Sarah Ozanne, 18 August 2015
Policies, procedures and training could feature in supply chain audits.
From October, the Modern Slavery Act 2015 (section 54) will require some commercial organisations to publish an annual anti-slavery and human trafficking statement. Businesses may need to carry out significant auditing of their global supply chains to fulfil this obligation, and there is the potential for an organisation’s HR team to play a key role in introducing policies and practices on the issues involved, as well as implementing training and telephone hotlines.
The Act stems from a report published by the Centre for Social Justice in 2013 highlighting the existence of modern slavery in the UK and calling for businesses to “make public the efforts they are making to develop more transparent supply chains, and to recognise their responsibility in stamping out this crime.” The transparency obligations relating to supply chains appeared as an amendment to the original bill following back-bench pressure and business support during the coalition government. The Act follows obligations introduced in October 2013, requiring quoted companies to provide certain information on human rights issues relating to their business in line with the UN Guiding Principles on Business and Human Rights.
Companies in scope will be ‘commercial organisations’ with a turnover above £36 million which are carrying on a business, or part of a business, in the UK. Turnover is determined on a global scale, not just revenue generated within the UK. The total number of UK companies affected may be as high as 12,250. Both UK and non-UK incorporated commercial organisations may be caught.
These organisation will need to publish a statement of the steps they have taken to ensure slavery and human trafficking is not taking place in their supply chain or any part of the business, or a statement that they have taken no such steps. A positive statement is likely to require significant auditing of an organisation’s global supply chain; a negative one is likely to carry the risk of reputational damage.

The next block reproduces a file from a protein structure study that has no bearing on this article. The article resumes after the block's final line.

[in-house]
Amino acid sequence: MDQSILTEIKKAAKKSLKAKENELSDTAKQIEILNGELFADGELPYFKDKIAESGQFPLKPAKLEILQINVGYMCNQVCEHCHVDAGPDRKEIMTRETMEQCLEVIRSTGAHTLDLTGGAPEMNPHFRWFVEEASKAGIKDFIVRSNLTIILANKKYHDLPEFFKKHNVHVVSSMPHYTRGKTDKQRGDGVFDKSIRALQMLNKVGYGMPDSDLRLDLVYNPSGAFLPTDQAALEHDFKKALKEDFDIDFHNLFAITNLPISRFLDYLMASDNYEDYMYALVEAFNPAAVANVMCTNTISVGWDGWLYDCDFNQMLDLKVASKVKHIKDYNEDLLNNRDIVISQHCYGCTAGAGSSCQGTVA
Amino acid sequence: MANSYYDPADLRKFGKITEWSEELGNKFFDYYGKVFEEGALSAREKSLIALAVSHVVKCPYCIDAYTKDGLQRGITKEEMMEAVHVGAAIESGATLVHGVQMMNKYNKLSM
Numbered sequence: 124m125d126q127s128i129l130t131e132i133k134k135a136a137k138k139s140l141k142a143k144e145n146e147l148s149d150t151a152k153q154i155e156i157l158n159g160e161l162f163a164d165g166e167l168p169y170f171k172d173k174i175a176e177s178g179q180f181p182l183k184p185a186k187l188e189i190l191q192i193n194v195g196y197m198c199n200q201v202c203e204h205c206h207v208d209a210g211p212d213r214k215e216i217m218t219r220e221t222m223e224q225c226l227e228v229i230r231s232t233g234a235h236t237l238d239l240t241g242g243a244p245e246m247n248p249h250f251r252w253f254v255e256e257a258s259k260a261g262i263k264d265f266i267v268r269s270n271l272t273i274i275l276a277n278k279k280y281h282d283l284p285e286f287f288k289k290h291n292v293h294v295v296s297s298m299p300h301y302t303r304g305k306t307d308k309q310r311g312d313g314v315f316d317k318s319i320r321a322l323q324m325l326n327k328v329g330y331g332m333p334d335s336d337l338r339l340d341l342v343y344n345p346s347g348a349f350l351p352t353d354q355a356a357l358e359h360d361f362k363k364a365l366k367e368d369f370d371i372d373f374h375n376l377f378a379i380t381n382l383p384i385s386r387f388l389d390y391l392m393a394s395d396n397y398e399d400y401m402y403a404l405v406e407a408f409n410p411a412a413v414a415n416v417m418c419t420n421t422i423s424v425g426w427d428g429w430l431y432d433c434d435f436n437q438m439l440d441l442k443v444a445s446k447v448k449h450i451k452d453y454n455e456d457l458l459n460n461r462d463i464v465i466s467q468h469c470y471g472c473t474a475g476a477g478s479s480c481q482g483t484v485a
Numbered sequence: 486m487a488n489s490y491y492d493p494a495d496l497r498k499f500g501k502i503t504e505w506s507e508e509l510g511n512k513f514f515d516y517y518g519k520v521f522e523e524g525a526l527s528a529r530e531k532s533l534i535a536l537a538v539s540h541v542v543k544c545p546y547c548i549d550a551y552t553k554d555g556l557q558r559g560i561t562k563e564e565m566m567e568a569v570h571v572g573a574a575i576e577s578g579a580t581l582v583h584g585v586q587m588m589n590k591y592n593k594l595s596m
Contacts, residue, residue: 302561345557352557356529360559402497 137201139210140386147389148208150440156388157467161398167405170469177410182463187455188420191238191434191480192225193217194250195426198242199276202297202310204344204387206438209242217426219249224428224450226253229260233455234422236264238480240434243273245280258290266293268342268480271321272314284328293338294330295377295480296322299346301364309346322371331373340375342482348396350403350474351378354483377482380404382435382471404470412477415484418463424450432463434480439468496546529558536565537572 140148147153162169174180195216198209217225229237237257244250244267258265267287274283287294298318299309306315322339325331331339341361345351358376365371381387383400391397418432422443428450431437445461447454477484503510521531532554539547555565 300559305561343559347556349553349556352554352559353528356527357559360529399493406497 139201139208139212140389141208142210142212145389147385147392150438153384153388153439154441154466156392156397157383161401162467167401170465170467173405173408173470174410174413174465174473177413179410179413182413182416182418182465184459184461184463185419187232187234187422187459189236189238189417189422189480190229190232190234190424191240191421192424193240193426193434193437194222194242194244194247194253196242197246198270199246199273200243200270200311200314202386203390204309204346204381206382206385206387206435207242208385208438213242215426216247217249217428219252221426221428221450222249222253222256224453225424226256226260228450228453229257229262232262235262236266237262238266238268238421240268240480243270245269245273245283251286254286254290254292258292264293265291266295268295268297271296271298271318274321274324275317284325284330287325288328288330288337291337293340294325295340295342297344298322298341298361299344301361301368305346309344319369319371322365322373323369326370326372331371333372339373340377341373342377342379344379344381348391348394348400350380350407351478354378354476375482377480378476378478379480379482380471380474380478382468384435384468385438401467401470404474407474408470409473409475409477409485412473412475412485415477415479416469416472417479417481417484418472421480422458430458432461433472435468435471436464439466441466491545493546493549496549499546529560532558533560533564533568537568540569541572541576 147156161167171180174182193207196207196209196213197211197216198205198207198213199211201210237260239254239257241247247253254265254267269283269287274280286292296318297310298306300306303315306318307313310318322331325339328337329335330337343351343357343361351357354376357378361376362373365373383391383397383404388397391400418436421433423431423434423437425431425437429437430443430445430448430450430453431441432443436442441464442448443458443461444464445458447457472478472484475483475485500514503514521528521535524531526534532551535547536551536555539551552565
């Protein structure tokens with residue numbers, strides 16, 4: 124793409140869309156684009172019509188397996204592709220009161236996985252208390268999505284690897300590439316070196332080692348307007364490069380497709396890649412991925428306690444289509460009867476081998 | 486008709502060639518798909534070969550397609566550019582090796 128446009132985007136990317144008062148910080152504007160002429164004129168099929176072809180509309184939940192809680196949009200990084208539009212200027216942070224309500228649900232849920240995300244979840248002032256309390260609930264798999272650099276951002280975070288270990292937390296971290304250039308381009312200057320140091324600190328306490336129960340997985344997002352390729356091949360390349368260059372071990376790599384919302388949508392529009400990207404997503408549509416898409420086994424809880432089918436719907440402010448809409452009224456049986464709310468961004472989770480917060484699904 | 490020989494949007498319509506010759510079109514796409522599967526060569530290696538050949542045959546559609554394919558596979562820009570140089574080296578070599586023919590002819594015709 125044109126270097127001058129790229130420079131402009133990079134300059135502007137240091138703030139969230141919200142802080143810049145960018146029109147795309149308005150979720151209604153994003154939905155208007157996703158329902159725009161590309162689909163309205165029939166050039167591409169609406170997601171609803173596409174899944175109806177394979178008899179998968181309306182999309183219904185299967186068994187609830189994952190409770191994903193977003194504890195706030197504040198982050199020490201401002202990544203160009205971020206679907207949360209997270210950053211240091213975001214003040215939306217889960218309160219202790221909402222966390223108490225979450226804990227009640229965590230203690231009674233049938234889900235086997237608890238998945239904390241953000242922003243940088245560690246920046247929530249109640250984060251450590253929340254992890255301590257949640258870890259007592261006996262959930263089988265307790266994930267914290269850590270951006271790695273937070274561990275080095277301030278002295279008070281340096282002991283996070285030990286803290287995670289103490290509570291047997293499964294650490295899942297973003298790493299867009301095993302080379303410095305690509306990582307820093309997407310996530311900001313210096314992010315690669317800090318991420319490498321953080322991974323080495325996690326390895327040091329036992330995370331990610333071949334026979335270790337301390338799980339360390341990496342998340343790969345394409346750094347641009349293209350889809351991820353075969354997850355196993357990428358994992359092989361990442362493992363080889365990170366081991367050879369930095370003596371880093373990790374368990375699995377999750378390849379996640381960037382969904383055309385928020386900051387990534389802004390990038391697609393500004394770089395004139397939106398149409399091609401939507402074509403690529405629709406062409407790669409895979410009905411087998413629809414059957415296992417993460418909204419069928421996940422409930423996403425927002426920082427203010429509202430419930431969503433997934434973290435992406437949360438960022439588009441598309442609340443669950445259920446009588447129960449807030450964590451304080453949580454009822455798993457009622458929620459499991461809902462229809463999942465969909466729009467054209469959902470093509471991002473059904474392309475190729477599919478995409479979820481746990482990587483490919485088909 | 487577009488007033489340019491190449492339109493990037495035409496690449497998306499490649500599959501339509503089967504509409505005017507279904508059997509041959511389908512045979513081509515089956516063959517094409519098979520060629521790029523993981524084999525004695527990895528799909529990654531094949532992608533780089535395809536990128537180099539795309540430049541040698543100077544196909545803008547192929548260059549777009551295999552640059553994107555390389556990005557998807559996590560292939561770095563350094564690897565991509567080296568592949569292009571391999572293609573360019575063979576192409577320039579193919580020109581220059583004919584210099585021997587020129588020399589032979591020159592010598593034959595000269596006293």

The organisation must publish the statement on its website (if it has one) and include a link to it from the homepage. Organisations without websites must provide a copy of the statement within 30 days of receiving a request to see it. If an organisation fails to publish the annual statement, it may be compelled to do so by the Secretary of State.
The government has said in its response to a consultation (pdf) on tackling modern slavery that it will not be prescriptive on the content of these statements, and acknowledges they will vary from business to business, but has suggested the core elements may include:
The exact extent of the ‘due diligence’ to be undertaken and, therefore, the resources an organisation will need to prepare the statement, is currently unclear. However, the government anticipates that statements will reflect the business sector the organisation is in. Preparing the statement may involve HR working with internal stakeholders, such as compliance and legal departments, as well as external parties such as trade unions, to create inclusive due diligence processes and safe reporting mechanisms.
The government will be publishing guidance in October on how commercial organisations can comply with their section 54 obligations, including the kind of information to include in the statement, and when and where the statement should be published. Organisations should be considering now how they are going to respond to this requirement and formulating an action plan to take this forward.
Sarah Ozanne is an employment partner at law firm CMS.
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